I would add Chamber of Commerce president Maud Daudon and former King County Executive Ron Sims to the list of remote possibles. And of course, X.

    Ordinarily, Seattle mayors get a fairly automatic second term.  Not this time, after all the early stumbles by McGinn, who has had to regroup entirely after his big issue, opposing the waterfront tunnel, blew up in his face. For the past year, McGinn has been undergoing a major makeover. He’s mended some fences, pushed for the basketball arena as a legacy project, become the cops’ BFF on reform issues and rushed around cutting ribbons and taking credit for numerous small-ball accomplishments. Still got that beard, but he’s wearing suits and minding his manners. Still, he’s hugely vulnerable in many quarters, so a spirited challenge will await him.

    Let me handicap the race and provide a kind of overview of mayoral politics in Seattle by suggesting 14 assorted paths to victory, slotting in some of the candidates where appropriate.

    Crowded Field.  A vulnerable mayor will draw lots of challengers, thus paradoxically making him less vulnerable. Imagine there are five or six pretty good opponents, and you can see a scorecard after the low-turnout August primary with McGinn (as the best known and with some firm supporters) getting 40 percent of the vote and the others grabbing 10-20 percent each. That gives McGinn a strong lead for the general election, discouraging donors to his opponent. Plus, he might draw a weak rival from such a field. By contrast, a small field can squeeze out the incumbent in the primary, as happened to Mayor Greg Nickels in 2009 and Mayor Paul Schell in 2001.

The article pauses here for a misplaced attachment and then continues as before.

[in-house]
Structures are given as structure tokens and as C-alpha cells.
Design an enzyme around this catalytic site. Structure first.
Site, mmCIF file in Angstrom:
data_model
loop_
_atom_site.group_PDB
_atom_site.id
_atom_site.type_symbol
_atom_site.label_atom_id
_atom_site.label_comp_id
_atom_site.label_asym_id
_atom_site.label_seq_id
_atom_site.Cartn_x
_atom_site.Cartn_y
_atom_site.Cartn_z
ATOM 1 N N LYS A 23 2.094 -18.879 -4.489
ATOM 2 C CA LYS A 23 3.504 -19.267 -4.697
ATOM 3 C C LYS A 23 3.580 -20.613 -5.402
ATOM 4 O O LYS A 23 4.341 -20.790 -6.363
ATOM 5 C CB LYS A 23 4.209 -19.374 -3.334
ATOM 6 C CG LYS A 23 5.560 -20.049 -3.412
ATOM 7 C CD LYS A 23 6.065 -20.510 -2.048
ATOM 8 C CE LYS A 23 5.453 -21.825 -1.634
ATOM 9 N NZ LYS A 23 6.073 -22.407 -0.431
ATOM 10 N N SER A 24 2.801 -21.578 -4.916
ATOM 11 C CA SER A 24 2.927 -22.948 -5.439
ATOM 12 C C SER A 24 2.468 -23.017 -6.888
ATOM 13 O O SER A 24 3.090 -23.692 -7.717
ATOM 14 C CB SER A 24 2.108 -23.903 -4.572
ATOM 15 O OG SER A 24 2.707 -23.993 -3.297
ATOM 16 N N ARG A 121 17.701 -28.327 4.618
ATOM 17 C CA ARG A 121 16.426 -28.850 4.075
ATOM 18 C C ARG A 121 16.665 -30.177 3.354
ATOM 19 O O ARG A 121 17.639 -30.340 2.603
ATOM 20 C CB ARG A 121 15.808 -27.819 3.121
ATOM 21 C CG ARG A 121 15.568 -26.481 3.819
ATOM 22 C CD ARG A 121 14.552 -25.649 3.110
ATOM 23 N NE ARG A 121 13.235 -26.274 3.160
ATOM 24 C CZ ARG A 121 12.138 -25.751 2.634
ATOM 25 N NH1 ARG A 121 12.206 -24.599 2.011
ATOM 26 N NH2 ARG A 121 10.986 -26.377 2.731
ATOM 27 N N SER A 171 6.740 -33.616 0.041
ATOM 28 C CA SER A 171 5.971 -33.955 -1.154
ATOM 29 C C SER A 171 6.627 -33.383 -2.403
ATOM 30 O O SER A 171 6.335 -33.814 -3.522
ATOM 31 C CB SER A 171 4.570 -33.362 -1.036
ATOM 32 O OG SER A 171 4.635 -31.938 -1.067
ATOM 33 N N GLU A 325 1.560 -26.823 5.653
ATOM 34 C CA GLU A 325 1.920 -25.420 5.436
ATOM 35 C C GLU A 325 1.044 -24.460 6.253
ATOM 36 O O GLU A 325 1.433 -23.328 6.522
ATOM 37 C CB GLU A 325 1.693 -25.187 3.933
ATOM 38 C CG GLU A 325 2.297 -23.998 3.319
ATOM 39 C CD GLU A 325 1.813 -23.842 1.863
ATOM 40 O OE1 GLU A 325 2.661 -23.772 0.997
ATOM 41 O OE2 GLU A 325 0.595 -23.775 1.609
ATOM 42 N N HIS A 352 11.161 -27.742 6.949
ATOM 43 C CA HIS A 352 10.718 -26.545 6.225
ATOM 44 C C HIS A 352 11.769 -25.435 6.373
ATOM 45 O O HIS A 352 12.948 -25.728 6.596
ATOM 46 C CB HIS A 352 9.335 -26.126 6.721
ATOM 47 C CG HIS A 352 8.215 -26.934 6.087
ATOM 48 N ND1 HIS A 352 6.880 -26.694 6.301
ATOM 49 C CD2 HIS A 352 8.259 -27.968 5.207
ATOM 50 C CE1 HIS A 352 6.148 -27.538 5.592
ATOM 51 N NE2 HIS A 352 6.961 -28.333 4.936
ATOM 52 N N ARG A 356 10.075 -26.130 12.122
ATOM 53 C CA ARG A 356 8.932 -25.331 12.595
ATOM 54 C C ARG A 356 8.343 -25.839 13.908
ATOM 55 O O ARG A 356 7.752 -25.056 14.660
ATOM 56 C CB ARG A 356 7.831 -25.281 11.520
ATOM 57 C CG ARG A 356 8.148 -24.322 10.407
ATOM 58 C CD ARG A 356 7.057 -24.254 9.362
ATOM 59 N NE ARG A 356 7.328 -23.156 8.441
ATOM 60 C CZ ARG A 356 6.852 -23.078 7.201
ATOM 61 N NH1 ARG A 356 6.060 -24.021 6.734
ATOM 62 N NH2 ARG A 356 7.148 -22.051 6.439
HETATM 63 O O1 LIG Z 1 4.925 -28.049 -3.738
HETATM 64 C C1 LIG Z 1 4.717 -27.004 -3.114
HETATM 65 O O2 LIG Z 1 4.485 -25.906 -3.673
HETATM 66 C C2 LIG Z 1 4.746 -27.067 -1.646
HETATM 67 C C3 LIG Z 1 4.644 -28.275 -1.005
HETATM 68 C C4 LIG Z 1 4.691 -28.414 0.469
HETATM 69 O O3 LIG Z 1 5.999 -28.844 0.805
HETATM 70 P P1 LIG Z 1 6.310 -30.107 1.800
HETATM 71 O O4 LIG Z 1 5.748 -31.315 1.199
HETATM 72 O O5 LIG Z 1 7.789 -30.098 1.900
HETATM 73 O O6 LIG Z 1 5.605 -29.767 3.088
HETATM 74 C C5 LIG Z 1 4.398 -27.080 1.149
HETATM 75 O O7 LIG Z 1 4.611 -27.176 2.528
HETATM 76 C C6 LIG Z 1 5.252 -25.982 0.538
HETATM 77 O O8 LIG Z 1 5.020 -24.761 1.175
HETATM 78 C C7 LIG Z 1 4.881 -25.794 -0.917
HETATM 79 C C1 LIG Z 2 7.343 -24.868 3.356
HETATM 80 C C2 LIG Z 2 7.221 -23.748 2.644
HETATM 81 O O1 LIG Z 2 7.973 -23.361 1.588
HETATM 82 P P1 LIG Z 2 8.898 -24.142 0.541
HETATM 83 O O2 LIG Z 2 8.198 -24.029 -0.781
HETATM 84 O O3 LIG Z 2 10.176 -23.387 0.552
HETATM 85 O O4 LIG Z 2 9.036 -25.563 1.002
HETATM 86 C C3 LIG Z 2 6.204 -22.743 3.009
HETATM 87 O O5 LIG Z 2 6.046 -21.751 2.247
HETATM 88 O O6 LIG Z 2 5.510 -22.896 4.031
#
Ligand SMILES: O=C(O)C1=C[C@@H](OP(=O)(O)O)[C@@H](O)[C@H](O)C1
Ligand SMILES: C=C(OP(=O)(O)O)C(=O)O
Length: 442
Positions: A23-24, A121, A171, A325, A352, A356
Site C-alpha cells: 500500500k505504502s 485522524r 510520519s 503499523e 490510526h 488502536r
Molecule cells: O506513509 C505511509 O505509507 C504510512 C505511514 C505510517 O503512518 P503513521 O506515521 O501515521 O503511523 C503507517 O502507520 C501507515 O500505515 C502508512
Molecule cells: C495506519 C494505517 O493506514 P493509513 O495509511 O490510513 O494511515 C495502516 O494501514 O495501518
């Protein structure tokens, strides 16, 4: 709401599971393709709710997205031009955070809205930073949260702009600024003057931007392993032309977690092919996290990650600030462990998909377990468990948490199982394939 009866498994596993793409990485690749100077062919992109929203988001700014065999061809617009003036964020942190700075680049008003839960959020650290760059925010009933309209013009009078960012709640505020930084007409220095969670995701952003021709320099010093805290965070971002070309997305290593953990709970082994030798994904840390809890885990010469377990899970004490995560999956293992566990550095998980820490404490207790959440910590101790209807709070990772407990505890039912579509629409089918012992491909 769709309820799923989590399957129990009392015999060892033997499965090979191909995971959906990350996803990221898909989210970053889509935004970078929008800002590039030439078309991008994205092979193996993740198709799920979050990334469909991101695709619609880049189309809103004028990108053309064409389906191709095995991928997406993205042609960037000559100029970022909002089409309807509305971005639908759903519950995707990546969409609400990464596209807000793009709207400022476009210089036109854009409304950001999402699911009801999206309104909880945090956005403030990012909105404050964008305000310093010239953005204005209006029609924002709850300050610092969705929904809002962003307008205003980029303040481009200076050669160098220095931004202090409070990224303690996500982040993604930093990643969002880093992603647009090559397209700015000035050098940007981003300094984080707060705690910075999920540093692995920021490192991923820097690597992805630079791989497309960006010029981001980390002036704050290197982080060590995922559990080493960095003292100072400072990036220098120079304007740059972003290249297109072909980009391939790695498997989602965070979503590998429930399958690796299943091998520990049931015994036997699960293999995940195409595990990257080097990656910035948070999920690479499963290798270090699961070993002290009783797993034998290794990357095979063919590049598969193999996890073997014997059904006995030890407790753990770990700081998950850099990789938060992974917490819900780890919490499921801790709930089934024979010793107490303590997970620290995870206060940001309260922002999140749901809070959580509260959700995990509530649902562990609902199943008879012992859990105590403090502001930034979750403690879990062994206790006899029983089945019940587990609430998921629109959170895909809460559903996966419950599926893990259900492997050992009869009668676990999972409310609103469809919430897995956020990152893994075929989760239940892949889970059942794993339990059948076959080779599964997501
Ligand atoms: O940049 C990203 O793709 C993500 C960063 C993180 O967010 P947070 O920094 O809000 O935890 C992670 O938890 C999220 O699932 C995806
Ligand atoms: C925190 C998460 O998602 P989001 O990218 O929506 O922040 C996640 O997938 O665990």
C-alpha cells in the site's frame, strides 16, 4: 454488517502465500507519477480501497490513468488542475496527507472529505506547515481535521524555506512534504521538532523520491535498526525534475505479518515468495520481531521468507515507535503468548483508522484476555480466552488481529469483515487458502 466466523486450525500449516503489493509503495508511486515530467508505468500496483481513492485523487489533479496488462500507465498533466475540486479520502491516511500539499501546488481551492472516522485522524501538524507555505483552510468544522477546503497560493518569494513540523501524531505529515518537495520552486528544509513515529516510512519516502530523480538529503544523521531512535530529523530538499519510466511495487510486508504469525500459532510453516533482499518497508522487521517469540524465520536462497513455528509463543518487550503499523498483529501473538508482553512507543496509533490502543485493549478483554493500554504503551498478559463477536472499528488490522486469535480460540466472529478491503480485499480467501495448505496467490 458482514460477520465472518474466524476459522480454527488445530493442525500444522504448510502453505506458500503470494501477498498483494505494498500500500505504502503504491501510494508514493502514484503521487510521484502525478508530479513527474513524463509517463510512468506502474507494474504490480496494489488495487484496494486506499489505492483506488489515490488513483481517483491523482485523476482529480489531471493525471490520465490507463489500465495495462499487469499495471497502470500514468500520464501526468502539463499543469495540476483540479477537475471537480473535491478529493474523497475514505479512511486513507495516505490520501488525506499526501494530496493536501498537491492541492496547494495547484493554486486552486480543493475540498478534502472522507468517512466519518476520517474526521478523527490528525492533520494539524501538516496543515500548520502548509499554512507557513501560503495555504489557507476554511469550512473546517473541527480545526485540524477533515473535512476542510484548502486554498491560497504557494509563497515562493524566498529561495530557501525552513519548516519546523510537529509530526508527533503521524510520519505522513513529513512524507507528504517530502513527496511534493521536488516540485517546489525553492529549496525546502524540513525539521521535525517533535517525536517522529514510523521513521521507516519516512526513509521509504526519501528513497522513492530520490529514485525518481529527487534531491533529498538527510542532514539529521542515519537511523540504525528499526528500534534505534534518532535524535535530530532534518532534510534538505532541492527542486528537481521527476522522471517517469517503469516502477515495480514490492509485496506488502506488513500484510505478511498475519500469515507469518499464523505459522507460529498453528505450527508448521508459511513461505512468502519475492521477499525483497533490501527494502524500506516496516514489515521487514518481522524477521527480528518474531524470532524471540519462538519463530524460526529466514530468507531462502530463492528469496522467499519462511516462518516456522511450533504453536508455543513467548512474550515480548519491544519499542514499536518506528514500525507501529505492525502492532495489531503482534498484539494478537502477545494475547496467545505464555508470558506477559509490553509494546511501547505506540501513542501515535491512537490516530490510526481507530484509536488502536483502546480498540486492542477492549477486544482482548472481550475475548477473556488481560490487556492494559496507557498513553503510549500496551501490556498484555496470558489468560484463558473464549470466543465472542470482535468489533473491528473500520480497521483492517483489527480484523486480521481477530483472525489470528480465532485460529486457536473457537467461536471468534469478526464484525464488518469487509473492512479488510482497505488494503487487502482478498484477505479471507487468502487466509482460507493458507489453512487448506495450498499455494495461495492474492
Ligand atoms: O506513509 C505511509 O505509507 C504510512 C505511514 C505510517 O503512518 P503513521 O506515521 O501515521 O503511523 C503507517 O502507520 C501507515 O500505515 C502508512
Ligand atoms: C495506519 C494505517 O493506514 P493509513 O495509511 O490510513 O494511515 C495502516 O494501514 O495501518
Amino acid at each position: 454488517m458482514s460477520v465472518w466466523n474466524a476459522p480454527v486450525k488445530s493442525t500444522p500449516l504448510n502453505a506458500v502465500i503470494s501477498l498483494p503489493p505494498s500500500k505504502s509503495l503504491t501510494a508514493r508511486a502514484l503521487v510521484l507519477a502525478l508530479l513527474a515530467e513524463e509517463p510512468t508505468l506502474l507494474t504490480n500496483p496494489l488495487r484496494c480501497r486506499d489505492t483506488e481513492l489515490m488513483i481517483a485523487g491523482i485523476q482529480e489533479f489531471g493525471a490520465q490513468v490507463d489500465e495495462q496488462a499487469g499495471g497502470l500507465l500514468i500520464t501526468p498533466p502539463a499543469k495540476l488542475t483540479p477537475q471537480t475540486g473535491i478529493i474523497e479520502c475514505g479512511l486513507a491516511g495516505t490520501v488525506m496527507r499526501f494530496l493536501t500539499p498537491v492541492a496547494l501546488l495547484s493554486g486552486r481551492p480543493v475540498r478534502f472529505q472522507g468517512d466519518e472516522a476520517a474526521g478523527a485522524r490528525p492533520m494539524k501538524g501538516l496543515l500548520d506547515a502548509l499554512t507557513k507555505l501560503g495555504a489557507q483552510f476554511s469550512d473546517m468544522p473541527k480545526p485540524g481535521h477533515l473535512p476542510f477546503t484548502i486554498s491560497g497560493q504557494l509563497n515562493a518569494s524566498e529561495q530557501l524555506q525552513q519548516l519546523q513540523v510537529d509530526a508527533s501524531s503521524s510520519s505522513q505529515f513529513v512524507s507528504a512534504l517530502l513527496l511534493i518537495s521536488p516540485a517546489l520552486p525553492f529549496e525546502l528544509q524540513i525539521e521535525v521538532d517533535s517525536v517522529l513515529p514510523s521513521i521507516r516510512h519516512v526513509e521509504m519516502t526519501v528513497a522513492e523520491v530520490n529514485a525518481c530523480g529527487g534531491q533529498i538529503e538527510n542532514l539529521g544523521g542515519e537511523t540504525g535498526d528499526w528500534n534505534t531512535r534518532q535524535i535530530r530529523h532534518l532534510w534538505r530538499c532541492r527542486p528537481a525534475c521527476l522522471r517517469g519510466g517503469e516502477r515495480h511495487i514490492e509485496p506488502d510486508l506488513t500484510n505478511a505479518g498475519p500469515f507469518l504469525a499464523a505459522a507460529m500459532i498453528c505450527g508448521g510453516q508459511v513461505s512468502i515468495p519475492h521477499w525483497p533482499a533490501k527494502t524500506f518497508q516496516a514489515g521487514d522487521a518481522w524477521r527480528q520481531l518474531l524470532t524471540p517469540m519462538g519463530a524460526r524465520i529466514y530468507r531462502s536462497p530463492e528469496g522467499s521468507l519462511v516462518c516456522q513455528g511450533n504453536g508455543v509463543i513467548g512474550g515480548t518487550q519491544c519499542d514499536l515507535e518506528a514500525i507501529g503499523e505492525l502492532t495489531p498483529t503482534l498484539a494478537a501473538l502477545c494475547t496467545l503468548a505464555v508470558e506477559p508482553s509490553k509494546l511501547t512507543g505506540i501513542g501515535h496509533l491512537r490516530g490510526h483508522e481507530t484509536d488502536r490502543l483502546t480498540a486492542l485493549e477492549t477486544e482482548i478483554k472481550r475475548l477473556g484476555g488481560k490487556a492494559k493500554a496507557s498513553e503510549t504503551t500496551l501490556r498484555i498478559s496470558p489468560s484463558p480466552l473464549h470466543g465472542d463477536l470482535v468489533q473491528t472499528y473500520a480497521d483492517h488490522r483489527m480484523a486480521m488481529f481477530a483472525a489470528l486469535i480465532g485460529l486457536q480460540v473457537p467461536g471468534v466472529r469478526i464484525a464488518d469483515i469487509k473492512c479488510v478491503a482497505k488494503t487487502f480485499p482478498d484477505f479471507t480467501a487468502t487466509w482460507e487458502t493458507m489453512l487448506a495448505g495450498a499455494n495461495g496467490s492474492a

Sole Ownership of a Hot Single Issue. This strategy also relies on a crowded primary, with all the contestants on the same side of this big issue, except for you. McGinn played this game expertly in 2009, being the sole opponent of the deep-bore tunnel, rallying that youthful constituency, and surviving the primary. The candidate who might repeat the trick is Peter Steinbrueck, the only one with the political courage (so far) to question sharply the wisdom of a basketball arena in SoDo.  If he survived the primary this way, however, there would be no end of grief from sports fans for him in the general.

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    Posted Wed, Oct 31, 8:43 a.m. Inappropriate

    Chihuly for Mayor: Two Ashtrays on Every Ceiling!


    Posted Wed, Oct 31, 12:19 p.m. Inappropriate

    "..the Religion of Density" ha ha

    I call it the religion of 'BIAW will save us by building big shiney buildings'.

    Steinbrueck has tons more going for him than the arena deal. He could probably bring his connections to bear to get the sports fans an arena in a better place. He also gets the real social science behind how this city and region can grow up rationally, sans 'religion'.